In an embodiment of the present invention, the module (3) may be formed on a metal tray (22) to, for example, improve heat dissipation and/or electromagnetic interference (EMI) shielding. The metal tray may be constructed with Aluminum, cold-rolled steel, alloys thereof, and the like. In an embodiment of the present invention, the fans (e.g., 6 and 15) may include openings through which air is forced from the inlet side of the computer system 300 (21) to the outlet side of the computer system 300 (19) (i.e., from the front of the computer system 300 to the rear of the computer system 300). Accordingly, in an embodiment of the present invention, the computer system 300 includes a vent for each fan, which may be arranged adjacent to and aligned with the fan opening (19) at its outlet side. The airflow direction will be further discussed with respect to
In an embodiment, the optimized fan placement (e.g., 6, 15, and 20) within the chassis (1) results in efficient cooling of various system components and allows for increase in system component packing density without a commensurate increase in the number of cooling fans. In one embodiment of the present invention, a relatively smaller PCI fan (6) is utilized to cool the PCI cards area. Each CPU will be cooled with its own cooling fan (20). A relatively larger system fan (15) then extracts the air from the vicinity of the CPU fans (20) and the PCI fan (6) to the outside.
In a further embodiment of the present invention, the computer system (such as 200–400) may be located vertically (i.e., with the motherboard (16) being substantially perpendicular to a horizon) with the power supply (10) facing upwardly. Such an embodiment may insure that the more heat generating components of the computer system (such as 200–400) such as the power supply (10) are relatively higher. Since heat rises, the larger amount of heat may be expunged through the chassis (1) on the side of the power supply (10) instead of through other chip components such as the PCI components or the CPUs (e.g., 12 and 13). Additionally, locating the system fan (15) nearer to the CPUs (e.g., 12 and 13) and memory chips (14) may ensure that the more expensive components of the computer system (e.g., 200, 300, or 400) remain cooler.
In yet another embodiment of the present invention, the fan speeds may be adjusted in accordance with the clock speed of the CPUs. For example, if a CPU that is exiting its suspend mode and becoming active increases its clock speed, the speed of the fans may be adjusted (prior to the temperature sensors sensing increased heat). In further embodiments of the present invention, the thermal sensors may be located in any location of interest such as under the CPUs, implanted in or on top of the printed circuit board (PCB), under or adjacent to the memory chips, the PCI components, and/or junction temperature (e.g., silicon die temperature) of the CPUs.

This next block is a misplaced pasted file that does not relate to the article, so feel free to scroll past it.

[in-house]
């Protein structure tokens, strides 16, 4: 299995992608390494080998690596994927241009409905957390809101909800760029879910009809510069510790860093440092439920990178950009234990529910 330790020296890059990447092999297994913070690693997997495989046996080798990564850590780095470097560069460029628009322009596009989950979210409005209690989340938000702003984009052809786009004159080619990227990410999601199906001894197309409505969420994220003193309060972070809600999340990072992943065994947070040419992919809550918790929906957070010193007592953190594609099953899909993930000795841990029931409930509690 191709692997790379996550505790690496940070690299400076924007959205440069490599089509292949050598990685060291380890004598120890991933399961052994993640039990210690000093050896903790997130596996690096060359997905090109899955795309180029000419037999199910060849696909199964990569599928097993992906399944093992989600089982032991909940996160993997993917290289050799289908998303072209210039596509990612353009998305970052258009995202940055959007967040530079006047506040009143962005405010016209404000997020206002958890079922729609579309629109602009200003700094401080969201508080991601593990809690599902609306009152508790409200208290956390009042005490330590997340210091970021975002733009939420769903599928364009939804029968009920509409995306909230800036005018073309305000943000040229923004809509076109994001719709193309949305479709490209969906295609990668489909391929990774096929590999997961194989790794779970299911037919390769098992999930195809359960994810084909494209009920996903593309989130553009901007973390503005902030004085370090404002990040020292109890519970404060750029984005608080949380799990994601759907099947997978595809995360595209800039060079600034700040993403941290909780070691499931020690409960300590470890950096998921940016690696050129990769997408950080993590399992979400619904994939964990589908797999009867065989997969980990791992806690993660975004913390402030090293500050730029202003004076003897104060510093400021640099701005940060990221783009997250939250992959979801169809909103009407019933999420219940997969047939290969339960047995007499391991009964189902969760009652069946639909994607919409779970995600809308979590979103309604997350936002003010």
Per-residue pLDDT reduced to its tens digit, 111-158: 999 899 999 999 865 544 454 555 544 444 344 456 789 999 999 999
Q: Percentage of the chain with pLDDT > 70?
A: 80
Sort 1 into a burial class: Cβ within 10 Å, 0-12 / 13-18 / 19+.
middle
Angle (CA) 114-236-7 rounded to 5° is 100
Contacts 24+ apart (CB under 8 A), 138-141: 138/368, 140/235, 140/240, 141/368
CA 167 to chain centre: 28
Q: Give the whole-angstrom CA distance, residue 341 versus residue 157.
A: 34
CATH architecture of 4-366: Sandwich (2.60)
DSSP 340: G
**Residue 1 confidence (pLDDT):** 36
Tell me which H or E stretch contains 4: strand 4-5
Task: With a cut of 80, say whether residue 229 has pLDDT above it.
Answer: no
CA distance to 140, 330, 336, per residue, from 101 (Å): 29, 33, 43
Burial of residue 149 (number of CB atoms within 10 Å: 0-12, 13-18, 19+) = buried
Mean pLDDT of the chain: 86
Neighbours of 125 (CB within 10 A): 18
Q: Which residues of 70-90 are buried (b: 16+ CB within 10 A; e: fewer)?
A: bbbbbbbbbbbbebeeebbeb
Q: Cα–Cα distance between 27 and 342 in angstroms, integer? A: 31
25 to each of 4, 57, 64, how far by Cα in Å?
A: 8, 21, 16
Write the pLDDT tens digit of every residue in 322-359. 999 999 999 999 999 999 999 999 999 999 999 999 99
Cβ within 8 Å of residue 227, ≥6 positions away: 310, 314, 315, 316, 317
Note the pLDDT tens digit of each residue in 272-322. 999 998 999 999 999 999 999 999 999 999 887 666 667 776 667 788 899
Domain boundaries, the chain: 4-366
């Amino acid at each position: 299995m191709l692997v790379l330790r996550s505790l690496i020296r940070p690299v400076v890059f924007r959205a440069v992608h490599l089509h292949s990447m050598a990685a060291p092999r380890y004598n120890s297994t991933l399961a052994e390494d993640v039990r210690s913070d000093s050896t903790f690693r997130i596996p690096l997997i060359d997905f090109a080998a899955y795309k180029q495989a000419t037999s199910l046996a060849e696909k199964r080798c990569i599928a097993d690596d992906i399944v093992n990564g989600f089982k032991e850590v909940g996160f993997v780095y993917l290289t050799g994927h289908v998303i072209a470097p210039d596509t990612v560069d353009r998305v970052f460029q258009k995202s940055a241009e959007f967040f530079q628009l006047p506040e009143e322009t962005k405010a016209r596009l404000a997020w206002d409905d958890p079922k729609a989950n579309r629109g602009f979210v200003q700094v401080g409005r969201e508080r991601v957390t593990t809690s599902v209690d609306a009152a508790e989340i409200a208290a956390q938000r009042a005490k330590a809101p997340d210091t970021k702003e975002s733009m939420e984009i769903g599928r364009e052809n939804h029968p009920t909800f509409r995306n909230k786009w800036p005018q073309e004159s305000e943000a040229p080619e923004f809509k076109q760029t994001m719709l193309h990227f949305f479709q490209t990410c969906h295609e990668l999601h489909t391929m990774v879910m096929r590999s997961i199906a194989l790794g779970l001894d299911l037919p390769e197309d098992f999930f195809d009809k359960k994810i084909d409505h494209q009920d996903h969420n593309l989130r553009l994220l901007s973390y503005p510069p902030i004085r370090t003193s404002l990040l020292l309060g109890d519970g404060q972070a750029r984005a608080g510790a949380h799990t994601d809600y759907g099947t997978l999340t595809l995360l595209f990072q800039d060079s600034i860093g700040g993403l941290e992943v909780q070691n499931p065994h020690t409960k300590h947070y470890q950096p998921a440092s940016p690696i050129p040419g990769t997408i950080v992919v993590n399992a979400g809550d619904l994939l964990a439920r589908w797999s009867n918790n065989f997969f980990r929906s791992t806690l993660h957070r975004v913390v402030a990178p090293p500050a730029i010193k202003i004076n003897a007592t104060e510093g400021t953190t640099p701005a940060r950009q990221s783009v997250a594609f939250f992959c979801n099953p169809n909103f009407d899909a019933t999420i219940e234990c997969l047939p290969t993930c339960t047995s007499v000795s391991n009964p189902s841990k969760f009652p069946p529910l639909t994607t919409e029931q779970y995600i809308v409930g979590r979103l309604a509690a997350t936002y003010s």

The foregoing description has been directed to specific embodiments of the present invention. It will be apparent to those with ordinary skill in the art that modifications may be made to the described embodiments of the present invention, with the attainment of all or some of the advantages. For example, the techniques of the present invention may be utilized in set-top boxes, blade computers, electronic gaming apparatus (such as those provided by Microsoft Corporation of Redmond, Wash. (e.g., XBOX game machine), Sony Corporation of Japan (e.g., PlayStation game machine), and the like. Therefore, it is the object of the appended claims to cover all such variations and modifications as come within the spirit and scope of the invention.
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|U.S. Classification||713/300, 361/679.48, 713/322|
|Cooperative Classification||G06F1/206, G06F1/20|
|European Classification||G06F1/20, G06F1/20T|
|Jan 30, 2003||AS||Assignment|
Owner name: SUN MICROSYSTEMS, INC., CALIFORNIA
Free format text: ASSIGNMENT OF ASSIGNORS INTEREST;ASSIGNORS:KIM, DAVID K.;RUCKMAN, WILLIAM W.;KOZACZUK, ANTHONY;AND OTHERS;REEL/FRAME:013708/0047
Effective date: 20030107
|Sep 23, 2009||FPAY||Fee payment|
Year of fee payment: 4
|Sep 25, 2013||FPAY||Fee payment|
Year of fee payment: 8
|Dec 14, 2015||AS||Assignment|
Owner name: ORACLE AMERICA, INC., CALIFORNIA
Free format text: MERGER AND CHANGE OF NAME;ASSIGNORS:ORACLE USA, INC.;SUN MICROSYSTEMS, INC.;ORACLE AMERICA, INC.;REEL/FRAME:037280/0221
Effective date: 20100212